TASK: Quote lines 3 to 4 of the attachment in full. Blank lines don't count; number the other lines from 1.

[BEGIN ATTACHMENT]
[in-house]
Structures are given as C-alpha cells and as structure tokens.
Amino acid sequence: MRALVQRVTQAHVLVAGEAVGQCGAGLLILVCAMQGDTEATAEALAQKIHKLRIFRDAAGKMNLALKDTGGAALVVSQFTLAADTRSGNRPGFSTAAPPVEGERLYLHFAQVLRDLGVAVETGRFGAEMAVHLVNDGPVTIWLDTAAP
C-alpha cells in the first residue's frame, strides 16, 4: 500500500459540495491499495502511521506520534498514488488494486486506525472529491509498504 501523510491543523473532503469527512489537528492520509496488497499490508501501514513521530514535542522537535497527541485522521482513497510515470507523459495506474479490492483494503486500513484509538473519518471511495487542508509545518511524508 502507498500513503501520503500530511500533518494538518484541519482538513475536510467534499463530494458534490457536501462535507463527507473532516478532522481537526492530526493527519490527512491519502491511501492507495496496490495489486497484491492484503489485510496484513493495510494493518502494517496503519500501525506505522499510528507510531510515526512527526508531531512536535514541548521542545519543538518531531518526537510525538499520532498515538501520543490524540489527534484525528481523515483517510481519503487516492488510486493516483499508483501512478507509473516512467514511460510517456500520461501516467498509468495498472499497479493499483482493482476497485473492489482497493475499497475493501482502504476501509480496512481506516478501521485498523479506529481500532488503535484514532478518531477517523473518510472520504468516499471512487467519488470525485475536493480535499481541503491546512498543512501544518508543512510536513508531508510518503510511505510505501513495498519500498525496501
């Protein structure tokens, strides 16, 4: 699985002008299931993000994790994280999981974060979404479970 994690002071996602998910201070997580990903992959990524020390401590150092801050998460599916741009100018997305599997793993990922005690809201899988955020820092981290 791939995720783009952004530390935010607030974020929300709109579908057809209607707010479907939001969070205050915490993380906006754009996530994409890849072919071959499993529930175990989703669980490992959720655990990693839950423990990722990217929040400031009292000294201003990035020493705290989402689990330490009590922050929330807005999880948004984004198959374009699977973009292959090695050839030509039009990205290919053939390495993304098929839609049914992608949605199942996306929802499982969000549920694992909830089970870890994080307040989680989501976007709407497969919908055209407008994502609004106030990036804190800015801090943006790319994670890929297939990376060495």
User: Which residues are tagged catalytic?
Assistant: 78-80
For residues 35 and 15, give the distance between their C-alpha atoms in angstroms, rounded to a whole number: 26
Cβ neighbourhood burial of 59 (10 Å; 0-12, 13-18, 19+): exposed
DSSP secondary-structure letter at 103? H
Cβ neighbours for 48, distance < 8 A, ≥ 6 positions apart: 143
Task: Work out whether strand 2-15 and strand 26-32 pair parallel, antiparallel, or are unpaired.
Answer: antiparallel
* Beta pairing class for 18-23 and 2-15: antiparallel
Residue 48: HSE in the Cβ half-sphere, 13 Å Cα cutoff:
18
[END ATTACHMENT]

Amino acid sequence: MRALVQRVTQAHVLVAGEAVGQCGAGLLILVCAMQGDTEATAEALAQKIHKLRIFRDAAGKMNLALKDTGGAALVVSQFTLAADTRSGNRPGFSTAAPPVEGERLYLHFAQVLRDLGVAVETGRFGAEMAVHLVNDGPVTIWLDTAAP
C-alpha cells in the first residue's frame, strides 16, 4: 500500500459540495491499495502511521506520534498514488488494486486506525472529491509498504 501523510491543523473532503469527512489537528492520509496488497499490508501501514513521530514535542522537535497527541485522521482513497510515470507523459495506474479490492483494503486500513484509538473519518471511495487542508509545518511524508 502507498500513503501520503500530511500533518494538518484541519482538513475536510467534499463530494458534490457536501462535507463527507473532516478532522481537526492530526493527519490527512491519502491511501492507495496496490495489486497484491492484503489485510496484513493495510494493518502494517496503519500501525506505522499510528507510531510515526512527526508531531512536535514541548521542545519543538518531531518526537510525538499520532498515538501520543490524540489527534484525528481523515483517510481519503487516492488510486493516483499508483501512478507509473516512467514511460510517456500520461501516467498509468495498472499497479493499483482493482476497485473492489482497493475499497475493501482502504476501509480496512481506516478501521485498523479506529481500532488503535484514532478518531477517523473518510472520504468516499471512487467519488470525485475536493480535499481541503491546512498543512501544518508543512510536513508531508510518503510511505510505501513495498519500498525496501